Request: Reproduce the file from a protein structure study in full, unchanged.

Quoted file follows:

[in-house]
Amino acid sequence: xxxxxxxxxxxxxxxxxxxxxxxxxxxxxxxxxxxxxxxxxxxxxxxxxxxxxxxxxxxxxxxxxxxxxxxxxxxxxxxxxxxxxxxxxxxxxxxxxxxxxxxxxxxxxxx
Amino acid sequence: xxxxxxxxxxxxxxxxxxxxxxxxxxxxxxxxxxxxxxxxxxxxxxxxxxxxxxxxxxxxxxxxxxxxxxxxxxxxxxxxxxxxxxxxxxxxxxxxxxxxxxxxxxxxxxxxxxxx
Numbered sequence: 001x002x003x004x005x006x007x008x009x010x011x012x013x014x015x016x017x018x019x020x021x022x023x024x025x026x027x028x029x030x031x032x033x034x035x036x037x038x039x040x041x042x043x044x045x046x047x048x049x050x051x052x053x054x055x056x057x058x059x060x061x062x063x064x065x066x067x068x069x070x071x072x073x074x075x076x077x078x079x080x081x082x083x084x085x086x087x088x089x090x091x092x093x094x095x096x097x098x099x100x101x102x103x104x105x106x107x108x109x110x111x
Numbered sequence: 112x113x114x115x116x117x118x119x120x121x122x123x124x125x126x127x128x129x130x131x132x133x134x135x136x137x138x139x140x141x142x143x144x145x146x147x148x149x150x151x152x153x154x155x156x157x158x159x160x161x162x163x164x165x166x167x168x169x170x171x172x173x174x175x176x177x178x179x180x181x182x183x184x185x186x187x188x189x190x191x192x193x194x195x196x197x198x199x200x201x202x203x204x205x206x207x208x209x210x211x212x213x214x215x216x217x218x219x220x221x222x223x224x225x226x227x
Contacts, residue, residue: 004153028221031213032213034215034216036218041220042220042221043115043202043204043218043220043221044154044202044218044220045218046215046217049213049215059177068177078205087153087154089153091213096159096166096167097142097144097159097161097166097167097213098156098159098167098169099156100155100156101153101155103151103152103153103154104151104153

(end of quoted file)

[in-house]
Amino acid sequence: xxxxxxxxxxxxxxxxxxxxxxxxxxxxxxxxxxxxxxxxxxxxxxxxxxxxxxxxxxxxxxxxxxxxxxxxxxxxxxxxxxxxxxxxxxxxxxxxxxxxxxxxxxxxxxx
Amino acid sequence: xxxxxxxxxxxxxxxxxxxxxxxxxxxxxxxxxxxxxxxxxxxxxxxxxxxxxxxxxxxxxxxxxxxxxxxxxxxxxxxxxxxxxxxxxxxxxxxxxxxxxxxxxxxxxxxxxxxx
Numbered sequence: 001x002x003x004x005x006x007x008x009x010x011x012x013x014x015x016x017x018x019x020x021x022x023x024x025x026x027x028x029x030x031x032x033x034x035x036x037x038x039x040x041x042x043x044x045x046x047x048x049x050x051x052x053x054x055x056x057x058x059x060x061x062x063x064x065x066x067x068x069x070x071x072x073x074x075x076x077x078x079x080x081x082x083x084x085x086x087x088x089x090x091x092x093x094x095x096x097x098x099x100x101x102x103x104x105x106x107x108x109x110x111x
Numbered sequence: 112x113x114x115x116x117x118x119x120x121x122x123x124x125x126x127x128x129x130x131x132x133x134x135x136x137x138x139x140x141x142x143x144x145x146x147x148x149x150x151x152x153x154x155x156x157x158x159x160x161x162x163x164x165x166x167x168x169x170x171x172x173x174x175x176x177x178x179x180x181x182x183x184x185x186x187x188x189x190x191x192x193x194x195x196x197x198x199x200x201x202x203x204x205x206x207x208x209x210x211x212x213x214x215x216x217x218x219x220x221x222x223x224x225x226x227x
Contacts, residue, residue: 004153028221031213032213034215034216036218041220042220042221043115043202043204043218043220043221044154044202044218044220045218046215046217049213049215059177068177078205087153087154089153091213096159096166096167097142097144097159097161097166097167097213098156098159098167098169099156100155100156101153101155103151103152103153103154104151104153